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Ignition timeout when PXE booting with LACP connected to Cisco Nexus 5k. #2527

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CyrusTheVirusG opened this Issue Nov 30, 2018 · 16 comments

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@CyrusTheVirusG

CyrusTheVirusG commented Nov 30, 2018

Issue Report

Ignition fails to wait for network to become ready.

This is problematic for an operator with hosts connected to Cisco Nexus 5k ports configured for LACP as the ports must negotiate, even with fast timers and port fast enabled it takes around 70 seconds for the interfaces to receive an IP address.

The problem is that the server is not attempting to negotiate LACP until it can be configured to do so, thus you must wait for LACP to timeout.

Remove LACP and everything works as expected, kind of. The PXE boot guide leaves a lot to be desired, locksmith errors aside it works.

Bug

In less than 62 seconds, the fastest I've seen an IP address acquired in a bonded configuration, Ignition has already given up and reboots the system which is a painful 5 minute wait while troubleshooting this issue btw.

Container Linux Version

Container Linux 1911.4.0.

$ cat /etc/os-release
NAME="Container Linux by CoreOS"
...
BUG_REPORT_URL="https://issues.coreos.com"

Environment

What hardware/cloud provider/hypervisor is being used to run Container Linux?
Baremetal, Supermicro server, with Intel nics.

Expected Behavior

If it would wait the 90 seconds which is supposedly the default, as I seen in another issue that I could not find again, there would be no issue or wait until the host has an IP address.

Actual Behavior

Complete craziness, knowing that it has no IP address and no network connectivity it repeatedly attempts to download a file which in fact requires a network connection and gives up very shortly before it is possible, like 5-10 seconds or so.

Reproduction Steps

  1. Connect two interfaces to a Cisco 5k with channel-group mode active configured.
    int eth1/1
    lacp rate fast
    channel-group 100 mode active

interface port-channel100
no lacp graceful-convergence
spanning-tree port type edge

You could trying messing with the switch config but no combination of things makes it work, lacp rate fast and no graceful-convergence with spanning tree set to edge buys you 10 seconds or so.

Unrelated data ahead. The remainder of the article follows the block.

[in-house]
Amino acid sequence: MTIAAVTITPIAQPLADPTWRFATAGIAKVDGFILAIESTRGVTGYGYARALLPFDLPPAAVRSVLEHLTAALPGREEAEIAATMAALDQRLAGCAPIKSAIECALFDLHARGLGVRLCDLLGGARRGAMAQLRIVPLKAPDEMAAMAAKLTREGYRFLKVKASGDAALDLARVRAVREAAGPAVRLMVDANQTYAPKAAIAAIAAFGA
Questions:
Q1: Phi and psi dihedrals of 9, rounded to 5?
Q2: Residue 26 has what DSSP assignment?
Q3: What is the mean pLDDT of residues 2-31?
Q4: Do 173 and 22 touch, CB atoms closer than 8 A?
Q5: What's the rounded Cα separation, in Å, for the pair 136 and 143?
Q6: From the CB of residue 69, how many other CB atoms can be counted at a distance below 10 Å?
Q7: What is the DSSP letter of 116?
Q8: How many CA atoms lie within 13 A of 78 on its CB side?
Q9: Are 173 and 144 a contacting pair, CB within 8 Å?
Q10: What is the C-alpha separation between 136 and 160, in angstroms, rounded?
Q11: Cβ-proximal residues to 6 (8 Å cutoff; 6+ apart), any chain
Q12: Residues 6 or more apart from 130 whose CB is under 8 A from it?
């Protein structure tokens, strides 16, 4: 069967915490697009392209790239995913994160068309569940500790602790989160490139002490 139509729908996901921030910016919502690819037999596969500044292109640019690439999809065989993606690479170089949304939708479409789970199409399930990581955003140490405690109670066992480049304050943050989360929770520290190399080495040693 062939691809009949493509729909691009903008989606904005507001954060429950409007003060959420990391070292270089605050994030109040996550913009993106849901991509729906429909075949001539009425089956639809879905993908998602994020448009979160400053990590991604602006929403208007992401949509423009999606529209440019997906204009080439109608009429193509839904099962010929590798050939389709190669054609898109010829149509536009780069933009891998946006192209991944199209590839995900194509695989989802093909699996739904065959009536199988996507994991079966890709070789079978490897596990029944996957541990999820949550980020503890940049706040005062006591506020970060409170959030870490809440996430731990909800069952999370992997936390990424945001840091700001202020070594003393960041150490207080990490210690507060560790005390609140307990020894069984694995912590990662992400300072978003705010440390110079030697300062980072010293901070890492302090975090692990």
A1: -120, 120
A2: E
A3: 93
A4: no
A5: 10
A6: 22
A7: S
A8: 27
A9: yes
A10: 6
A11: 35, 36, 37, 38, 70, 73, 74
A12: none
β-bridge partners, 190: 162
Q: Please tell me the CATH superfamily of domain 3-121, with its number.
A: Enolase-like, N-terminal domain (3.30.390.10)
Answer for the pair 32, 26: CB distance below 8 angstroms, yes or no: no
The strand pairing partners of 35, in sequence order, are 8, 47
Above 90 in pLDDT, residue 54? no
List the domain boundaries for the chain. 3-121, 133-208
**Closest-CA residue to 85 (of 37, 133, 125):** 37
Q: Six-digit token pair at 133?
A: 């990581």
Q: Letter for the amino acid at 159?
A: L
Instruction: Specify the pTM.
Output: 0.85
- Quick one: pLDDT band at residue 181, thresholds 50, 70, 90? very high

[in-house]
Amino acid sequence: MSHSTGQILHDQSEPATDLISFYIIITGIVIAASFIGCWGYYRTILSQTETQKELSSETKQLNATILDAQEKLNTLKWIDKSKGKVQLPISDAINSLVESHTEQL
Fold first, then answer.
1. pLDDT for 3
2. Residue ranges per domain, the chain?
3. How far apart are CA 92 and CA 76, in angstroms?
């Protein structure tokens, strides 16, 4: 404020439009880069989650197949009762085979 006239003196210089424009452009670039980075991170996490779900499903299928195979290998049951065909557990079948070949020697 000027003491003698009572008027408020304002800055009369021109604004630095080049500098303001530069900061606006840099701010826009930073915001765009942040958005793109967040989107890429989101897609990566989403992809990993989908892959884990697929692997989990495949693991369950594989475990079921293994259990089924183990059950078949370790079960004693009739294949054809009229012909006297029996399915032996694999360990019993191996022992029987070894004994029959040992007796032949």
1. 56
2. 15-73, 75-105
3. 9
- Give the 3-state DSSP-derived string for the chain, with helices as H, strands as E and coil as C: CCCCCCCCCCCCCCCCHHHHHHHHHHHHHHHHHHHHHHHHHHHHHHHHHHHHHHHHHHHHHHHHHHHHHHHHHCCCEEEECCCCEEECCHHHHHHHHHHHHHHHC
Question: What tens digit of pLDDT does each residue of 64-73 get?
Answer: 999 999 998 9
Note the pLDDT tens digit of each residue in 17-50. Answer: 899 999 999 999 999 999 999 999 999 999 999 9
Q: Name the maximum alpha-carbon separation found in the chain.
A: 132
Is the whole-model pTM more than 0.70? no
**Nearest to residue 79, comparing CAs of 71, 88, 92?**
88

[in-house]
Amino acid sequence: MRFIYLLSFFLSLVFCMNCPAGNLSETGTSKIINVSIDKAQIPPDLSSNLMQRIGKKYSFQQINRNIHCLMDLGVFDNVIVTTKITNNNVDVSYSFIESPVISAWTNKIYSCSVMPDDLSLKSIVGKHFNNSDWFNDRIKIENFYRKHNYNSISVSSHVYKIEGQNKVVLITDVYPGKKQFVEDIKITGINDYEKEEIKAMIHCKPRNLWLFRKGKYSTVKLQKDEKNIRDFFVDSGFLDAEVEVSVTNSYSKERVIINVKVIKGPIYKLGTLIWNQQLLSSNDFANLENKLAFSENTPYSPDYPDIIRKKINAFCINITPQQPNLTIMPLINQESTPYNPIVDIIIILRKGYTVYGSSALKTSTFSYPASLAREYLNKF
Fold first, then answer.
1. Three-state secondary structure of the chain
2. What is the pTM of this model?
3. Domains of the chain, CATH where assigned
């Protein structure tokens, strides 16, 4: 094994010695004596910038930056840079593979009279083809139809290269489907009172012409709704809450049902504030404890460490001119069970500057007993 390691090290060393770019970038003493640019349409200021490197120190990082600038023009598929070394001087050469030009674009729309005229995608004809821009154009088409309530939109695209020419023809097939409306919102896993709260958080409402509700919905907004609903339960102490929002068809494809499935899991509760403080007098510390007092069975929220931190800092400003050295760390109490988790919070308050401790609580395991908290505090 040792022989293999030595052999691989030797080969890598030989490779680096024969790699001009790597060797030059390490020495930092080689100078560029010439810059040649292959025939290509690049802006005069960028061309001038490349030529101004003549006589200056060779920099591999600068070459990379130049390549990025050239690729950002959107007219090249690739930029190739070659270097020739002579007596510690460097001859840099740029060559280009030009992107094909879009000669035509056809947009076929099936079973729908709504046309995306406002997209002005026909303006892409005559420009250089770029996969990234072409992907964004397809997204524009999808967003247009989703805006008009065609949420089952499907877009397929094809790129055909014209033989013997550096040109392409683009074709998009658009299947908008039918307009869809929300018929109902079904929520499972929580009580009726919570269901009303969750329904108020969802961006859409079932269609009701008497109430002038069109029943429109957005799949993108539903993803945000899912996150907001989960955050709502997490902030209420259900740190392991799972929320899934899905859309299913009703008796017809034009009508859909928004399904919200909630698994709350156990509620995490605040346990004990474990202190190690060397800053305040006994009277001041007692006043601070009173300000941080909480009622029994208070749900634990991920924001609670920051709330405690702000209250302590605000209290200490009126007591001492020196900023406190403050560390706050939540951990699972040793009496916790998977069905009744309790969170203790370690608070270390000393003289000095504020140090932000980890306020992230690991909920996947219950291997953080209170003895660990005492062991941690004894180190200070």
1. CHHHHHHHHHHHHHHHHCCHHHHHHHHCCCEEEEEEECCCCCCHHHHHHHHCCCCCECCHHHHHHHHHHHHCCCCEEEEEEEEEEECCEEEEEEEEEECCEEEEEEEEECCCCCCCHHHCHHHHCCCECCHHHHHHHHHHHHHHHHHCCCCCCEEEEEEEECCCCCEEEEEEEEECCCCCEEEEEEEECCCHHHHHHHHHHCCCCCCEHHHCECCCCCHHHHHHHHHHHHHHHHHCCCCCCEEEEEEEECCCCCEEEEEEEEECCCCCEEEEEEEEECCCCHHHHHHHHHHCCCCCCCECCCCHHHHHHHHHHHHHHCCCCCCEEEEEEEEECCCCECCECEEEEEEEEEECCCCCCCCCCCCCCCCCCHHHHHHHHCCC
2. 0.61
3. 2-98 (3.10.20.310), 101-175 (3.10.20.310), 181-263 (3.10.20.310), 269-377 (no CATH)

1. Setup PXE server, ensure it works.
  2. Wait for said issue after attempting to boot.

Other Information

I also attempted to set the IP address in the kernel boot options but the system halted because "the Transport endpoint is not connected".
Probably because of LACP negotiation but who knows. This may not be an issue in your "development" environment but in real world metal cases it is definitely a problem.

@CyrusTheVirusG

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CyrusTheVirusG commented Nov 30, 2018

A possible fix would be to add a kernel option to specify interfaces that should be bonded.

Which would allow for proper LACP negotiation on startup and avoid the LACP timeout problem.

@CyrusTheVirusG

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CyrusTheVirusG commented Nov 30, 2018

Some more details, I think that it thinks that the interface gained IPv6 connectivity when it did not.

[ 2.373696] IPv6: ADDRCONF(NETDEV_UP): eth1: link is not ready
It's around this time that the download first tries to take place.

@CyrusTheVirusG

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CyrusTheVirusG commented Nov 30, 2018

I suppose a custom oem would probably also solve this, should have scrolled to the bottom before spending hours troubleshooting this.

@CyrusTheVirusG

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CyrusTheVirusG commented Nov 30, 2018

Custom OEM is the way to go if you're having this issue as well. This should probably still be addressed and/or the documentation should be updated.

@ajeddeloh

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ajeddeloh commented Nov 30, 2018

If it's fetching things over http, you can adjust the timeouts in the ignition.timeouts section. Would that fix your problem or is it timing out fetching the initial config?

@CyrusTheVirusG

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CyrusTheVirusG commented Nov 30, 2018

It is timing out fetching the initial config.

@ajeddeloh

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ajeddeloh commented Dec 1, 2018